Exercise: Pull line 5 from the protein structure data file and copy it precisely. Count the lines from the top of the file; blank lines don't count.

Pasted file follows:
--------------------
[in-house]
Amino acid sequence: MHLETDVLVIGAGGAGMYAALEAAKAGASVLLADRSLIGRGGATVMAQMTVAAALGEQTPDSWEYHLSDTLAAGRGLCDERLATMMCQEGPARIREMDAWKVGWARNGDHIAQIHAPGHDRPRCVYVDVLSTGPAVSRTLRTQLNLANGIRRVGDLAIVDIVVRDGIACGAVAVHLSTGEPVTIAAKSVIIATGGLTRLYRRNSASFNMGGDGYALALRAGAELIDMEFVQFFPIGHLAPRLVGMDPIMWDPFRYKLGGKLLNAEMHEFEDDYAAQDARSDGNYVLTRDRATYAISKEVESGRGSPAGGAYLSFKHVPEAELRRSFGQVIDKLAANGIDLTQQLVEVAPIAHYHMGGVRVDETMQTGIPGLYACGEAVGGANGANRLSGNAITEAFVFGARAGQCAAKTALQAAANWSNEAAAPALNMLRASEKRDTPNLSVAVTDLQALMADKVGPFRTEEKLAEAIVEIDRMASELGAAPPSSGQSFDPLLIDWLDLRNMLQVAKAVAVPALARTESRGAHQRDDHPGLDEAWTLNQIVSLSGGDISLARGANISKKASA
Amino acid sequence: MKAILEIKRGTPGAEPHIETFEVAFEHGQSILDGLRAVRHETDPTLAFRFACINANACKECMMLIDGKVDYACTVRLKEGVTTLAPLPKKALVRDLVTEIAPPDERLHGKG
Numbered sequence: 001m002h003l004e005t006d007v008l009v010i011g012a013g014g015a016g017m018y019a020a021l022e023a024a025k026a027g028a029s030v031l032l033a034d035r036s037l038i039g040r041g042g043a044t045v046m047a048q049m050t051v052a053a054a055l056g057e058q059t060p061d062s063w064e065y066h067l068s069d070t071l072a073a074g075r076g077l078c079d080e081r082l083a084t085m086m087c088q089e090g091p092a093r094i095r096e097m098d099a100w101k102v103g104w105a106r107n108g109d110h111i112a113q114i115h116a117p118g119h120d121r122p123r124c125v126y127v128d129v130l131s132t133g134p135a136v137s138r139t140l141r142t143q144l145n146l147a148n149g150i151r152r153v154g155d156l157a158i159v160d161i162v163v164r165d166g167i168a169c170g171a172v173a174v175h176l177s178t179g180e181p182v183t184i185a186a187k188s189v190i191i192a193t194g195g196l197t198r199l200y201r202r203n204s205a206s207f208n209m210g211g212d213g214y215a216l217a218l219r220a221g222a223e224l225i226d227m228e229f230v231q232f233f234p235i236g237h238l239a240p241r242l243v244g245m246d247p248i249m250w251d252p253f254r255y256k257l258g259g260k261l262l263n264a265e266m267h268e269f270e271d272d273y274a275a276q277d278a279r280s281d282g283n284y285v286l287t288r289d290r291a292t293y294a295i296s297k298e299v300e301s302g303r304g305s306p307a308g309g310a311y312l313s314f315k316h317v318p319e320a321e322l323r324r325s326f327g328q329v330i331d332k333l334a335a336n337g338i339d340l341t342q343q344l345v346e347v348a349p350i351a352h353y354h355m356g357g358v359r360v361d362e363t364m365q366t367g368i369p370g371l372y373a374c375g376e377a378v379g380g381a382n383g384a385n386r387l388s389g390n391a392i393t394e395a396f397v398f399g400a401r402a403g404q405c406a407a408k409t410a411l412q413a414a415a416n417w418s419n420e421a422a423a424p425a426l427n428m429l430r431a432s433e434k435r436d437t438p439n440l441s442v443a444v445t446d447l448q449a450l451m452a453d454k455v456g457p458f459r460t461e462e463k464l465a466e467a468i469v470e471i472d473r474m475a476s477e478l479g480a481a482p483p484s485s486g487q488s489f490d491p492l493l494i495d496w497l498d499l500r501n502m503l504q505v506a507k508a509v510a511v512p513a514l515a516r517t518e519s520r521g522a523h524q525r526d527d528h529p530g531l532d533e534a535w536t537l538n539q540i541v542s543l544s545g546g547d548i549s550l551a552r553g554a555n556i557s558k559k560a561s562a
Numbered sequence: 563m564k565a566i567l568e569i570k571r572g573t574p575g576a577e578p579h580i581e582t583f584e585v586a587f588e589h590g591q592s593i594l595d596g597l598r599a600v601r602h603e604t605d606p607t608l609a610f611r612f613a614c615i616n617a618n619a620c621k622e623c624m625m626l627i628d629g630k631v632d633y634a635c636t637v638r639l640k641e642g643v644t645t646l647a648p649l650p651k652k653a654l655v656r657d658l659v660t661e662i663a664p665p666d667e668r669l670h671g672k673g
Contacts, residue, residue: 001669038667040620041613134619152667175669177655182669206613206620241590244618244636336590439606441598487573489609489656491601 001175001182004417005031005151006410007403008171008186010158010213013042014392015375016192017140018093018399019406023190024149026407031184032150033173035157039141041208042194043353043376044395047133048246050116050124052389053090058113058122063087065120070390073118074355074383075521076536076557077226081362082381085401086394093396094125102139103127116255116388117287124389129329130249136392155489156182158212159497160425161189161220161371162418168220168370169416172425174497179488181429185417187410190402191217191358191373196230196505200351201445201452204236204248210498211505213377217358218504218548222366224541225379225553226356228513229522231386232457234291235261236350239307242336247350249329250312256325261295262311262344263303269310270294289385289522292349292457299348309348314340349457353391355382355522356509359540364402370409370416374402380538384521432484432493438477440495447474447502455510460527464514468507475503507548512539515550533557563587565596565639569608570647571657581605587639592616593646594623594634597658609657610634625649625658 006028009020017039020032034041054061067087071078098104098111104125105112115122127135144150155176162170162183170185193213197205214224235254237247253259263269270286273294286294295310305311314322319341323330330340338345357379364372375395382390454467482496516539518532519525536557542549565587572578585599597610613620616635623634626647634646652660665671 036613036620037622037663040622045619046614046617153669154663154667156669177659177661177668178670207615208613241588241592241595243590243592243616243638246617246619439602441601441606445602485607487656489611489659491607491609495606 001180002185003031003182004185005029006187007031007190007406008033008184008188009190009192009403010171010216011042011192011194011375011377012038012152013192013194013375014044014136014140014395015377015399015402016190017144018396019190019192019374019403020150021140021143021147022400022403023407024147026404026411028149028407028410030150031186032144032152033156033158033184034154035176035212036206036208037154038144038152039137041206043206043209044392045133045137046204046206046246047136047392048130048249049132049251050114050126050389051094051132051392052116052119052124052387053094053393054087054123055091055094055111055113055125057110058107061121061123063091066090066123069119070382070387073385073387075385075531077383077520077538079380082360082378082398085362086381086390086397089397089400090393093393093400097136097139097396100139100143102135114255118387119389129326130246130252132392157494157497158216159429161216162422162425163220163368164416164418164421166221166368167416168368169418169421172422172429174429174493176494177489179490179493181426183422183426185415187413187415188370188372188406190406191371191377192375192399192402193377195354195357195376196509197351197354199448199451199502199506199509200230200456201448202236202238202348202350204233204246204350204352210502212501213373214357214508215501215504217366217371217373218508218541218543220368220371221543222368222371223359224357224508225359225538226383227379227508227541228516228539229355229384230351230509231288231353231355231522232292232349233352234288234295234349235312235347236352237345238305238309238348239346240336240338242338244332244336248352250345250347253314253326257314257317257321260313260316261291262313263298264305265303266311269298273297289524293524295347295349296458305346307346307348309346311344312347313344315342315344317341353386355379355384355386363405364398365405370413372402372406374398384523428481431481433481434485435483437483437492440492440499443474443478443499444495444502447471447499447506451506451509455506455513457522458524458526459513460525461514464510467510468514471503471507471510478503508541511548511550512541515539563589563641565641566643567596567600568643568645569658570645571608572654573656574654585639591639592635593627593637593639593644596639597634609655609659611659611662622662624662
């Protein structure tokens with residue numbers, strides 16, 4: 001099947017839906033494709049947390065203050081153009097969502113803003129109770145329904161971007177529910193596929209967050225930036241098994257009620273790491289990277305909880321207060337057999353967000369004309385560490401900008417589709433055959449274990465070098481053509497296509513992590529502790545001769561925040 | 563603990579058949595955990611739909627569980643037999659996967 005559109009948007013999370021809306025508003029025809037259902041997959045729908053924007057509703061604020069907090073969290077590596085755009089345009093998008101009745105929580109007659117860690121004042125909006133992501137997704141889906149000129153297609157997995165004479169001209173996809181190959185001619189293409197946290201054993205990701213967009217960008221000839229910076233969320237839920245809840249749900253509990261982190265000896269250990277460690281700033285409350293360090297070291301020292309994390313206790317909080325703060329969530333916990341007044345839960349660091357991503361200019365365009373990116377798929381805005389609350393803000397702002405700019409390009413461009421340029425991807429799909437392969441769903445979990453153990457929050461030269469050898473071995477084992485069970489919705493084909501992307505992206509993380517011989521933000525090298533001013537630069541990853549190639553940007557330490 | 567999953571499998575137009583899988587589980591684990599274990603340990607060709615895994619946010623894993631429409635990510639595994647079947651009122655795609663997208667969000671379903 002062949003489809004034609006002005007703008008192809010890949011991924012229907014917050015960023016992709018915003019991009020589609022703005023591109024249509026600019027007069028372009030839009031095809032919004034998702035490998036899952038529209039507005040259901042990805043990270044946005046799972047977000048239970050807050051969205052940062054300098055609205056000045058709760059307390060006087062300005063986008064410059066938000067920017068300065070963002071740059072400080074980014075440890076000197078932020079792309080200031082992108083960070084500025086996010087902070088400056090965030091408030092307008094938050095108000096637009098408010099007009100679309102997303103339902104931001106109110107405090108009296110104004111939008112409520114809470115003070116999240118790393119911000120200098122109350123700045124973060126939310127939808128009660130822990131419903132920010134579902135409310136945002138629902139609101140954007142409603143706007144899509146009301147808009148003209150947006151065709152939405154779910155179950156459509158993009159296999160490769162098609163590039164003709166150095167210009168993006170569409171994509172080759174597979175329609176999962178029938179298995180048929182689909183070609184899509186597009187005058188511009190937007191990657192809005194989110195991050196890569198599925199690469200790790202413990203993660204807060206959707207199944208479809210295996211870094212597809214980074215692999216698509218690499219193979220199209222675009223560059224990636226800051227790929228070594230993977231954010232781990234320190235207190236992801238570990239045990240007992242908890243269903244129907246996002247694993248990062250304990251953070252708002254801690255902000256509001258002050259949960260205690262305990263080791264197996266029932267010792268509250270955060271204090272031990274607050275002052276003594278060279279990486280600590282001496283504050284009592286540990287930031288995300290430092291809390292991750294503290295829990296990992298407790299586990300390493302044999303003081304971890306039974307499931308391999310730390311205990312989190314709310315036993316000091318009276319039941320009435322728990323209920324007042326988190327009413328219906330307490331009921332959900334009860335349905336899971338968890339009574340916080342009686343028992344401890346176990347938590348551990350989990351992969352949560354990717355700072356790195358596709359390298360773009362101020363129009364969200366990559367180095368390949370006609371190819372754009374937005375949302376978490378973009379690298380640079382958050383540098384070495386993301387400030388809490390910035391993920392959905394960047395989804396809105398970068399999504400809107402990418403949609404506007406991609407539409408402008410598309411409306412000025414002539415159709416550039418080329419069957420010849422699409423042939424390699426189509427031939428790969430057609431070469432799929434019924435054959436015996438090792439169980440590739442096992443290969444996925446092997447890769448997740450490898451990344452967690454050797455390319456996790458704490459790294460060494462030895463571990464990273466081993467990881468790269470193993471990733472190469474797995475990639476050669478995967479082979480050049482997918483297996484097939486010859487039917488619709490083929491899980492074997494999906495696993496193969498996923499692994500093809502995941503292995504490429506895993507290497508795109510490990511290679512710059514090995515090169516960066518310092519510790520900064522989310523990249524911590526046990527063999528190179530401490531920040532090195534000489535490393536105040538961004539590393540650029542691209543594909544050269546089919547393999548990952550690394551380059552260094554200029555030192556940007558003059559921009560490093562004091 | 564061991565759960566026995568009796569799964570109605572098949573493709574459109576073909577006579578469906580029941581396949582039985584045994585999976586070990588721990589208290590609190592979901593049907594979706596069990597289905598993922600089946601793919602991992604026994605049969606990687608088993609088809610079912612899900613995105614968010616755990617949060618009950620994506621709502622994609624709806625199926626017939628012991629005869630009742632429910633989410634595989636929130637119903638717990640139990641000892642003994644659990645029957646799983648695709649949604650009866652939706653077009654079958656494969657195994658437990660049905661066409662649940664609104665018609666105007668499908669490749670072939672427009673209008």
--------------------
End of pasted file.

Numbered sequence: 563m564k565a566i567l568e569i570k571r572g573t574p575g576a577e578p579h580i581e582t583f584e585v586a587f588e589h590g591q592s593i594l595d596g597l598r599a600v601r602h603e604t605d606p607t608l609a610f611r612f613a614c615i616n617a618n619a620c621k622e623c624m625m626l627i628d629g630k631v632d633y634a635c636t637v638r639l640k641e642g643v644t645t646l647a648p649l650p651k652k653a654l655v656r657d658l659v660t661e662i663a664p665p666d667e668r669l670h671g672k673g